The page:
2. Having curly hair is a pain for everyone else too. Seriously, I can't do anything to my hair. Messy buns, frizzy pony-tails, gross long haired days, and dutch braids are about all I can do.
3. Reading is the most beneficial form of learning. This goes back to number 1. All the kids my age were complaining about reading, so that made me weird for loving it. But I'm completely serious... If you can teach yourself something, you can teach yourself anything. Once you become a good reader, the entire world opens up to you.. What's to say you can't study psychology, just because your school doesn't offer it? Latin may not count as a foreign language in your state schools *seethes*, but you can still study it for the love of learning. Reading is the best skill you can ever have. Trust me on that.
4. Being a girl doesn't automatically make you a ditz. I've grown up with another stereotype in my head of what a teenage girl is supposed to be. From her behavior, to the way she looks... It's so specific, it scares me to think about myself at that young age and observing the local teens in my area. Needless to say, we did not have good neighbors. The idea of boys and makeup and a general dumbness made me think (again) that I was the odd one out.
Hermione taught me otherwise. She taught me that girls can actually have mad skills in the area of observation and reflexes, rather than makeup and flirting. (Which is good, because I don't enjoy either.)
5. Appearances aren't the most important pieces of a person. If I want to look better than presentable, I have to spend a lot of time on it... I'm not bashing myself (though I don't exactly appreciate my appearance), it just does... My face is one that takes a long time to make makeup look good on. My hair is near impossible, unless you have an hour to kill with a curling iron. Hermione taught me that it's okay not to give all the effort. There are a million other things that I'd rather be doing than spending more than an hour on my face and hair. My nails are usually bitten off and my hair is generally in a messy bun. Makeup is reserved for Sundays, and even then it's minimal. And that's perfectly okay. Taking extra long on that journal entry will serve me far better in the end... An hour of makeup that I'm going to wipe off at the end of the day? Like I said, I'm going to wipe it off at the end of the day.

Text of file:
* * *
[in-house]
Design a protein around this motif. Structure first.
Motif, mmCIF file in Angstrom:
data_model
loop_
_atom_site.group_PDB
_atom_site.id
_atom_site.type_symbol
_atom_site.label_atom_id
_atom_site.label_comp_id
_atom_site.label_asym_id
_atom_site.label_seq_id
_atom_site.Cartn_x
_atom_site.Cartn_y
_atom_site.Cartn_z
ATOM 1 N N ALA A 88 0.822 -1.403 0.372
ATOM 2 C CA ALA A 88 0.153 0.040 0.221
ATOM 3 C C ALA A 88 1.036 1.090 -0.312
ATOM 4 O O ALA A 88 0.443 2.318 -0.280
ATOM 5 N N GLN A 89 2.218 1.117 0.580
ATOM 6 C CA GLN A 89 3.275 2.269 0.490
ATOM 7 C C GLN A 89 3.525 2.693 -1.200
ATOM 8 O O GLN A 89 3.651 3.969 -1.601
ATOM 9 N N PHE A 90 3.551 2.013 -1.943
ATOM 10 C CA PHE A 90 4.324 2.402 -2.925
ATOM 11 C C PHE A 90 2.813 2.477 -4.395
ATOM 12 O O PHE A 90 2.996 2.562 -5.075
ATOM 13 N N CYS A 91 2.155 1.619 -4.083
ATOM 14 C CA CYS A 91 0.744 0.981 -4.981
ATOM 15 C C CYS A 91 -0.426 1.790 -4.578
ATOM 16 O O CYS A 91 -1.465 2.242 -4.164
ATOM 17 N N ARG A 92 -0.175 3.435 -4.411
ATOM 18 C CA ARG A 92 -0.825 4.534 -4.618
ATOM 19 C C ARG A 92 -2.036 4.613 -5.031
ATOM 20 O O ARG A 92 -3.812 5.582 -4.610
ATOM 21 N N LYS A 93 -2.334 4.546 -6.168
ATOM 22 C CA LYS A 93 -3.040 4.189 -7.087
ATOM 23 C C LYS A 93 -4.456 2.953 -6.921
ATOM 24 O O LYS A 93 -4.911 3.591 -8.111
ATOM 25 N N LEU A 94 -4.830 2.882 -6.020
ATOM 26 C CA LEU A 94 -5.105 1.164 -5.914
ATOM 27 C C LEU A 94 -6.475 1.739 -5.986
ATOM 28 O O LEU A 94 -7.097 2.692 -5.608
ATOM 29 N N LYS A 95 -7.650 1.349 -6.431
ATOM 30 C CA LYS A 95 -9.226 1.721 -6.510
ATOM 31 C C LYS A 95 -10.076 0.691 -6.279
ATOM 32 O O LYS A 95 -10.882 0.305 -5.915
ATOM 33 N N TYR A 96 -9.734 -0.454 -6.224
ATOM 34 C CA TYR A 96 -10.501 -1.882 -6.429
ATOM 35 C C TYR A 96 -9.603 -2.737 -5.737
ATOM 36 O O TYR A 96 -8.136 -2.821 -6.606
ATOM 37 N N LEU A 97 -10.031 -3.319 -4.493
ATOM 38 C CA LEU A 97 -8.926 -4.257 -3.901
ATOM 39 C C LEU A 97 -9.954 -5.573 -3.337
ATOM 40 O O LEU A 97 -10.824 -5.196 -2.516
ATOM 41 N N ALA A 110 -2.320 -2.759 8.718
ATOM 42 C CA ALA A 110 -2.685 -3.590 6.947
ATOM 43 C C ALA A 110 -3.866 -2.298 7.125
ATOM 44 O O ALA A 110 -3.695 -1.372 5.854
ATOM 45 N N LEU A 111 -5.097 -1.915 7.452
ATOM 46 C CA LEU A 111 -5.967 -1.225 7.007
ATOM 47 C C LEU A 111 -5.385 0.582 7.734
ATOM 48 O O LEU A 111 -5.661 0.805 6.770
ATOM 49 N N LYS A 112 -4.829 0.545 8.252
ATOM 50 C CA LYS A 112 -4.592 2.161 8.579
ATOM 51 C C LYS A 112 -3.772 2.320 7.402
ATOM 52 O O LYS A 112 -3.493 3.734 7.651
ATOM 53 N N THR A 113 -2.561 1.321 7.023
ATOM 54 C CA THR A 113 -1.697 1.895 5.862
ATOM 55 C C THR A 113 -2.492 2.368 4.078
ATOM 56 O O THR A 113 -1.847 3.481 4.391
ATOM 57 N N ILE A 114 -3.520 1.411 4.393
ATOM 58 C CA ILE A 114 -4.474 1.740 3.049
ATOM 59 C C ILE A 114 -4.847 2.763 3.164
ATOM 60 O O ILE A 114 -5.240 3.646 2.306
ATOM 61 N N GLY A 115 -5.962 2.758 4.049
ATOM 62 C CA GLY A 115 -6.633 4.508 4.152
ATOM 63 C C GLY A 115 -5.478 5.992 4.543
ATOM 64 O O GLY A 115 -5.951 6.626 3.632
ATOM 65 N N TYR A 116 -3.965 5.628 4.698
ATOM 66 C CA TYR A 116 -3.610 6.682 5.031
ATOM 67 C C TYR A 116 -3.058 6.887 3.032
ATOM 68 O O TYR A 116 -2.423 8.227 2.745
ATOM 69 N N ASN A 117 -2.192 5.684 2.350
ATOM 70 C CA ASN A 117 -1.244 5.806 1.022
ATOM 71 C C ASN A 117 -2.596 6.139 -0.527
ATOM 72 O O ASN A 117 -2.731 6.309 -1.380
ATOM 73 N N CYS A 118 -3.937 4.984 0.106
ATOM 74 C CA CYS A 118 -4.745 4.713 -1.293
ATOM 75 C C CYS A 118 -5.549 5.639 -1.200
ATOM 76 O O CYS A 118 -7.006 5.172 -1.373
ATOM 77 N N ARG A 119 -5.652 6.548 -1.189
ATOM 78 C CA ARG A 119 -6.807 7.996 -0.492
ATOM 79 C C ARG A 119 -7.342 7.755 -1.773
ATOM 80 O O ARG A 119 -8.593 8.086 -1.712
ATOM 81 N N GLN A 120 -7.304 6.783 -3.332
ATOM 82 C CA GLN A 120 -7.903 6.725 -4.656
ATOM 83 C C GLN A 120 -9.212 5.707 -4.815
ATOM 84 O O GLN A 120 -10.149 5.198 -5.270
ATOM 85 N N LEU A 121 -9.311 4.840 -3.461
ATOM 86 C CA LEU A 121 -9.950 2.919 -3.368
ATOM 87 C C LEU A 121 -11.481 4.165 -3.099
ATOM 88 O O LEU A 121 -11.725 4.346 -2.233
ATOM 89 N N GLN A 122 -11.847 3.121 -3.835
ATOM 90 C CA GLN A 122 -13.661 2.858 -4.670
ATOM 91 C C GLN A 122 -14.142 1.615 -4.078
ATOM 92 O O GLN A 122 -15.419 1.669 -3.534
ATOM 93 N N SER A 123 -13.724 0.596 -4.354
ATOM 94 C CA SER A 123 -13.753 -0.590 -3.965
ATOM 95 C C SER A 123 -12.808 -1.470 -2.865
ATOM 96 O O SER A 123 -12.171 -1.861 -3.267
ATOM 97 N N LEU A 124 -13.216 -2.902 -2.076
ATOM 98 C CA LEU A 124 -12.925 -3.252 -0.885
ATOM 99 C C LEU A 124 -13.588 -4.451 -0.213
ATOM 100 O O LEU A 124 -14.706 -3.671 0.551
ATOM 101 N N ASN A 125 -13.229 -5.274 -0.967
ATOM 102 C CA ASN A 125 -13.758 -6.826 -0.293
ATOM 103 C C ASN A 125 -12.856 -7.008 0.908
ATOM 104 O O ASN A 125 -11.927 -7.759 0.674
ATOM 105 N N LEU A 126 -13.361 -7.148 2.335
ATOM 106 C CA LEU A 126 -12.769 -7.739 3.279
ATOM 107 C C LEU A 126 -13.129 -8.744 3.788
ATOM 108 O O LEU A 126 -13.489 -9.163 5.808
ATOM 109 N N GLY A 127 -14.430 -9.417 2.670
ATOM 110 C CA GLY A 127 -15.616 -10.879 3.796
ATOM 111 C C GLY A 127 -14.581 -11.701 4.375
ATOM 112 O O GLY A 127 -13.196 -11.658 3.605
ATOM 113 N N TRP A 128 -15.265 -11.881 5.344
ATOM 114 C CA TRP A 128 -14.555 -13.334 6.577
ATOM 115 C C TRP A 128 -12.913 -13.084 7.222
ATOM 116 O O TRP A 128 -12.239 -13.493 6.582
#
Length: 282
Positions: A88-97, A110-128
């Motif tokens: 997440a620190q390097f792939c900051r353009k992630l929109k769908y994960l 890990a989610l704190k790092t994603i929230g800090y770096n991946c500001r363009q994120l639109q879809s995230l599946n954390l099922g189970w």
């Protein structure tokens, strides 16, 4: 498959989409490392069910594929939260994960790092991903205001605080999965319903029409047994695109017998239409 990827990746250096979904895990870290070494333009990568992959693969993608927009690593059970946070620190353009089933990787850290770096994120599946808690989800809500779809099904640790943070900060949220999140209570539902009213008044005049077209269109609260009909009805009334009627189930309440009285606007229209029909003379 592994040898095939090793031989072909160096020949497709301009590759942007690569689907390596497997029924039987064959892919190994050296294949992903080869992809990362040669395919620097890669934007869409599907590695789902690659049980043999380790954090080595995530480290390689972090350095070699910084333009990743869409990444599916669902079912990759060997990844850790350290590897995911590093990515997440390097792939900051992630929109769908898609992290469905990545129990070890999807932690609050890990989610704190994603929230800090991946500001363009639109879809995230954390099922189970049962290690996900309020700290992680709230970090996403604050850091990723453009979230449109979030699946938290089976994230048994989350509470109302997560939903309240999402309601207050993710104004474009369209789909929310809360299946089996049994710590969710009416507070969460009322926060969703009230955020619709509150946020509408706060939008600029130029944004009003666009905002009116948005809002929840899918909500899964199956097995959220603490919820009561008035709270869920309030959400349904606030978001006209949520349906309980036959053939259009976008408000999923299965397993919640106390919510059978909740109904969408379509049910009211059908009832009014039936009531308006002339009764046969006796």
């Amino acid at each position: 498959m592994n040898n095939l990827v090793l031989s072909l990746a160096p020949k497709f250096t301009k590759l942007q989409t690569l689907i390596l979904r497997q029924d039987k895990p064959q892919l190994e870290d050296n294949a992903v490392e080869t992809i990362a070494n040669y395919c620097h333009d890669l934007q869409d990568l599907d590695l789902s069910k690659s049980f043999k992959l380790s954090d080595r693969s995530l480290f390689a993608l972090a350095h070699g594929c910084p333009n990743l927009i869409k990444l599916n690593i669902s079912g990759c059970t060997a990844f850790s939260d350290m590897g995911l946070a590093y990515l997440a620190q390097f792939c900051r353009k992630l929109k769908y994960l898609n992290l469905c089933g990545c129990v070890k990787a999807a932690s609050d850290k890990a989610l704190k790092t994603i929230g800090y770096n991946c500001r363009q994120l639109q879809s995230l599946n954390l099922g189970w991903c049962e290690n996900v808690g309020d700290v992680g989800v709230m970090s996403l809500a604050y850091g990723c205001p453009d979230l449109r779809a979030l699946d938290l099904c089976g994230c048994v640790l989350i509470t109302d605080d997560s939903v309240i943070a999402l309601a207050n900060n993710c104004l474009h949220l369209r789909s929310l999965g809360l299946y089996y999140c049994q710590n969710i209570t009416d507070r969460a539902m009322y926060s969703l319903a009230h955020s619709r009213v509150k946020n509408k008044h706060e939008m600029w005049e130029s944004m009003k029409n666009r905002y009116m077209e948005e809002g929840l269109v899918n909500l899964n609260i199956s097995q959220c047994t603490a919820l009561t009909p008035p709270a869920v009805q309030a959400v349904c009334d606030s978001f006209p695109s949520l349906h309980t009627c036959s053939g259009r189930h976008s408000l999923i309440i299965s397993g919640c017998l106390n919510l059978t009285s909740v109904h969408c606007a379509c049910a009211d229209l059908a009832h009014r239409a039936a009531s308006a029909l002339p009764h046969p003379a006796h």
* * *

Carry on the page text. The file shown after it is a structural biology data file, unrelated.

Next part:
6. It's OK to raise your hand. In 7th grade Sunday School I was terrified to raise my hand. The class was full of people who didn't raise their hands, so why should I? I knew the answers, but I never said them out-loud.
Hermione taught me that it's okay to raise your hand. Heck, who cares if nobody else is raising their hands? If you know the answers, then you answer the questions. Besides, it'll make your teacher happy... At least somebody is paying attention ;)
7. Attention to detail isn't stupid - it's important. I'm an observant person who thinks deeply about everything. Not everyone lets on like that though, which (AGAIN) made me think that there was something wrong with me (stupid societal norms).